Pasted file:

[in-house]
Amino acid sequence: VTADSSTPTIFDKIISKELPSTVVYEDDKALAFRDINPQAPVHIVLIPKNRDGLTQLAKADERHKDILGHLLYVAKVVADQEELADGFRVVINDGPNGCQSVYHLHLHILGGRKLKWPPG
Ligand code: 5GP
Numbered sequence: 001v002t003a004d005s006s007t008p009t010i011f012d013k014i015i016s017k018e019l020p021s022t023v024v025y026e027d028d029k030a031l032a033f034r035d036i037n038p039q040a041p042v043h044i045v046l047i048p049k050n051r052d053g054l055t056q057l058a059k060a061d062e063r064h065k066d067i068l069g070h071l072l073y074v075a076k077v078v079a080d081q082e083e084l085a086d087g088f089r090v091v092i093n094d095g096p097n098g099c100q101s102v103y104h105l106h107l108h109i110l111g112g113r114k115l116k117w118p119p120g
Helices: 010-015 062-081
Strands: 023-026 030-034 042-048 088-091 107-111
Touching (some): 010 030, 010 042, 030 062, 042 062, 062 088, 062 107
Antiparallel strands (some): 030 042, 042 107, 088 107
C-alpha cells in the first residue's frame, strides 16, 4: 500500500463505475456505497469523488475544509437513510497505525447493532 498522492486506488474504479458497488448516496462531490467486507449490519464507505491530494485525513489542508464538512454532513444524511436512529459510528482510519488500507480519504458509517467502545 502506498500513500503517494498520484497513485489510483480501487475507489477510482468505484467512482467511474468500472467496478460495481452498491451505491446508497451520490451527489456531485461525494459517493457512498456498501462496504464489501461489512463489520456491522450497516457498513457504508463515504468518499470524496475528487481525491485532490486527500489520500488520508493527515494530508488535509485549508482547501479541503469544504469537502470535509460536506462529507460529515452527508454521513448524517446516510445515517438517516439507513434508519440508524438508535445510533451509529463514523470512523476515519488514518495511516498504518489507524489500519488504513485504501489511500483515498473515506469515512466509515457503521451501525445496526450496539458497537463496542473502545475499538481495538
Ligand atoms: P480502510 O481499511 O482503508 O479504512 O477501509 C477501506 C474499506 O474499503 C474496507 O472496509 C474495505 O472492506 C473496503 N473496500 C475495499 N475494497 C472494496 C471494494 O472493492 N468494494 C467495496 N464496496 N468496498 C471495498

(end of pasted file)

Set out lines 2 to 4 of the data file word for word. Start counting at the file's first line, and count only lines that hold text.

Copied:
Amino acid sequence: VTADSSTPTIFDKIISKELPSTVVYEDDKALAFRDINPQAPVHIVLIPKNRDGLTQLAKADERHKDILGHLLYVAKVVADQEELADGFRVVINDGPNGCQSVYHLHLHILGGRKLKWPPG
Ligand code: 5GP
Numbered sequence: 001v002t003a004d005s006s007t008p009t010i011f012d013k014i015i016s017k018e019l020p021s022t023v024v025y026e027d028d029k030a031l032a033f034r035d036i037n038p039q040a041p042v043h044i045v046l047i048p049k050n051r052d053g054l055t056q057l058a059k060a061d062e063r064h065k066d067i068l069g070h071l072l073y074v075a076k077v078v079a080d081q082e083e084l085a086d087g088f089r090v091v092i093n094d095g096p097n098g099c100q101s102v103y104h105l106h107l108h109i110l111g112g113r114k115l116k117w118p119p120g